The freedom of press index maintained by Reporters Without Borders ranks India, the world’s largest democracy, 136th out of 180 countries, not something to be proud of. Within India, Tamil Nadu would qualify for the last place if a similar index were to be prepared. The much lamented J Jayalalitha holds the record of filing more defamation suits against the media than all other Chief Ministers in the country put together.

During her first term in office, one media house alone faced 123 defamation cases that forced the Supreme Court to intervene and quash them in one stroke.

Eddapadi Palaniswamy, the present Chief Minister who has promised Jayalalitha-style rule, is not wanting in curbing press freedom. Moved by the tragic scene of a usury victim immolating himself with his wife and two young children in front of the Tirunelveli collectorate after the collector and the police commissioner failed to restrain the usurer from resorting to strong-arm tactics in spite of repeated complaints from the victim, G Bala, a popular Chennai-based cartoonist, published a cartoon lampooning the Chief Minister, Collector and police commissioner which was widely applauded by the public.

Incensed by the unflattering publicity, the government arrested Bala from his residence on Sunday, drove him all night to Tirunelveli to produce him in court on Monday on a complaint by the collector. The cartoon portrayed the trio without clothes covering their nakedness with wads of currency notes. The collector said there was a limit to creativity and freedom of expression. The judicial magistrate before whom Bala was produced on Monday was not impressed by the collector’s statement and granted the cartoonist instant bail.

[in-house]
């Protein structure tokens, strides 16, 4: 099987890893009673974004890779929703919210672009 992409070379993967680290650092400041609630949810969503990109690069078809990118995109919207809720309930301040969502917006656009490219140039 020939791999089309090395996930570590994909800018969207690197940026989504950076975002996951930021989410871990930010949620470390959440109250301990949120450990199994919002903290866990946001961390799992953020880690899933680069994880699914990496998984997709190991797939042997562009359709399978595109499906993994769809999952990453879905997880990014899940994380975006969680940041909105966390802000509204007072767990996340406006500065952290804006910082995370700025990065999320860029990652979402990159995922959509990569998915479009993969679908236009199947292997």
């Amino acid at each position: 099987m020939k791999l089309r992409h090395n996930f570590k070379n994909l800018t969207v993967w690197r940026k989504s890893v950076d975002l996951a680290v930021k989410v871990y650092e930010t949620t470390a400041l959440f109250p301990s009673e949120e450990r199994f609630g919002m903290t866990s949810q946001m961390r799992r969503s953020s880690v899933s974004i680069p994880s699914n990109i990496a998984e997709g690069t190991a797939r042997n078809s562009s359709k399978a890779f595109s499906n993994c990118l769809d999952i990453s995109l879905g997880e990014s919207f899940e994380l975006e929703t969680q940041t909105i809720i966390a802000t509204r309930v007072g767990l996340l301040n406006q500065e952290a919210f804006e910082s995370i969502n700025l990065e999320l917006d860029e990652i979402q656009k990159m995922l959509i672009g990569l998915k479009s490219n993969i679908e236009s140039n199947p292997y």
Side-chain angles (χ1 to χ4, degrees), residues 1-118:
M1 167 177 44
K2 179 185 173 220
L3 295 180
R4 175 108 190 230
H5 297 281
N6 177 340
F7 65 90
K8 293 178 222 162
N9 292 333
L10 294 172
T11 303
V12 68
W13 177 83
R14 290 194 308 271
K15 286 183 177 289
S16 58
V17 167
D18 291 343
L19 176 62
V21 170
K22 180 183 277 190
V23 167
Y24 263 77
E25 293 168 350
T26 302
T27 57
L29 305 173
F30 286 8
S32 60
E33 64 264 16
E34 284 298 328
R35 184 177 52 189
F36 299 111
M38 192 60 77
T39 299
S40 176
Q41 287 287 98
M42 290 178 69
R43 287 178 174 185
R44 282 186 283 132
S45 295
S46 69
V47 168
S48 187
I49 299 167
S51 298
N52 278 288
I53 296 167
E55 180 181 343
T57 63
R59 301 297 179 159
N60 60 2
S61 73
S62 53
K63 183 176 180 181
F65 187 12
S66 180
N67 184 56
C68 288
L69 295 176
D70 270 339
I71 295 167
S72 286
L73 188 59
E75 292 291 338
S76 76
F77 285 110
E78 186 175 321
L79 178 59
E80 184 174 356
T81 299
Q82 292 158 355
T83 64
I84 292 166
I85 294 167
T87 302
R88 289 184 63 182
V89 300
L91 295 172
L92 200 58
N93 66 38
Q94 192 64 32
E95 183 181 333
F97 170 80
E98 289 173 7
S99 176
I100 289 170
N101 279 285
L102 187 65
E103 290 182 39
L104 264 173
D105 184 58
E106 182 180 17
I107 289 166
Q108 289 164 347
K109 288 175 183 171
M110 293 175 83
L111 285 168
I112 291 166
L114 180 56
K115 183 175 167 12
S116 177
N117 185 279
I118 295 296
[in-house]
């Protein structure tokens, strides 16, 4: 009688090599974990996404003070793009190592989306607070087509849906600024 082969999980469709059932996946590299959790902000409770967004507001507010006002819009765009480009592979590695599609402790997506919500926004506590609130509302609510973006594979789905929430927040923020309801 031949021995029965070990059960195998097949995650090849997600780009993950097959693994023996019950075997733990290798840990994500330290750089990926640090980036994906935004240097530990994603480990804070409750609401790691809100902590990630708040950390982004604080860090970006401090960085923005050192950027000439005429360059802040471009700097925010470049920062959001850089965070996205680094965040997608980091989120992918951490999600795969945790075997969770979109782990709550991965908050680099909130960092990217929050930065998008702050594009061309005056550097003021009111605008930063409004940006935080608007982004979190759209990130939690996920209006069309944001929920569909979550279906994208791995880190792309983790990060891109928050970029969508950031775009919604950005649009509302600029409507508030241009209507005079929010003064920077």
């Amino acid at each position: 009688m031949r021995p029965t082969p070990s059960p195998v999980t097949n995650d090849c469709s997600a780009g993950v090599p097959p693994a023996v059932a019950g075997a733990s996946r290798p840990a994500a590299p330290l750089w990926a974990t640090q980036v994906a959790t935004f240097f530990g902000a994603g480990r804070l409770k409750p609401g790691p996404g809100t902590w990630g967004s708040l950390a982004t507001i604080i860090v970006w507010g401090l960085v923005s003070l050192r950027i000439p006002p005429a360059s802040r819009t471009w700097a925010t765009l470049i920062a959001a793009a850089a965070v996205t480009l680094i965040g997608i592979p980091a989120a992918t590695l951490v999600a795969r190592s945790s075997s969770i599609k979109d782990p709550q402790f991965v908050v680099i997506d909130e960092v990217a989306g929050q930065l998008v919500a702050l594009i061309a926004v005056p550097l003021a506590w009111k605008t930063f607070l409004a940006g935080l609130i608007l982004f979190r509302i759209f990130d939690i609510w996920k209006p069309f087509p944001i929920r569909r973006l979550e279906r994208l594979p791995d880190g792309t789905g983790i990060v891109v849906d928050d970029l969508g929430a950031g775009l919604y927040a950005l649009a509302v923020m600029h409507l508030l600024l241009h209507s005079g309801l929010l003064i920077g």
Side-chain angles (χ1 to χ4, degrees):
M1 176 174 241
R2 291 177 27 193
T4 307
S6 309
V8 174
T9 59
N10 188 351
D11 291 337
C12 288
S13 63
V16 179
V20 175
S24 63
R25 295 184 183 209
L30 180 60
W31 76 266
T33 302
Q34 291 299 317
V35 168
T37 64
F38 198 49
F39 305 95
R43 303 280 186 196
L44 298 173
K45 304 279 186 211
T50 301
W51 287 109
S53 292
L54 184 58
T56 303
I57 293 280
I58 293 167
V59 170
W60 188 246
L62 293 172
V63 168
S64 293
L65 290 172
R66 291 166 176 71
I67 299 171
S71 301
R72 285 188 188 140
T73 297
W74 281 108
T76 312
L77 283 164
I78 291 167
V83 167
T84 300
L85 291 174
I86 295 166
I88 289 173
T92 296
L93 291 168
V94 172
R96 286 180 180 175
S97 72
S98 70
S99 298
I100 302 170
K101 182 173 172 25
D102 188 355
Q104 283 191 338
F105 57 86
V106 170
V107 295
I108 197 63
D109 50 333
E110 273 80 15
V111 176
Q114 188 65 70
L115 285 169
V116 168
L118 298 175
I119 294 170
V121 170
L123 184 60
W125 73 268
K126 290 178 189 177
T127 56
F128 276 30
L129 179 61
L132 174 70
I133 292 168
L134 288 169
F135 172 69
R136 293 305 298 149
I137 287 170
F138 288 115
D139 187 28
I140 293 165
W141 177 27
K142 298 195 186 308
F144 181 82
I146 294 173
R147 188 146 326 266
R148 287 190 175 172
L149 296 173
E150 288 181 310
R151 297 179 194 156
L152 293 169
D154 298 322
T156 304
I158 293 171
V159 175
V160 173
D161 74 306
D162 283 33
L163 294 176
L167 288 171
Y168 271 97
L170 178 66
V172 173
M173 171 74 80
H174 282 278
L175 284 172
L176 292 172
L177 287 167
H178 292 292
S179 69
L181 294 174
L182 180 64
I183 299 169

The police was not willing to let their quarry go. They tried to take him into custody forcibly in spite of the bail order. The advocates present in the court rescued Bala and kept him in their chambers till the bail formalities were completed.

Although Article 19 of the Constitution provides to all citizens freedom of speech and expression, nothing explicitly guarantees freedom of the press and not much has changed since colonial rule. If anyone deserves to be arrested in this case it is the district collector for abetting the suicide of the family of four by ignoring repeated pleas for protection.

On 4 November, a group of about 10 police personnel stormed into the house of Rajarathinam, popularly known as Semmani, an advocate from Marankulam in Tirunelveli district, detained him in a local police station overnight, stripped him naked and took turns in torturing him.

At dawn they took him to another police station nearby and asked him to leave. He had to be hospitalised.

His crime, if it can be called such, was to defend Koodankulam antinuclear protesters. The time has come to ensure that freedom of press gets an institutional safeguard.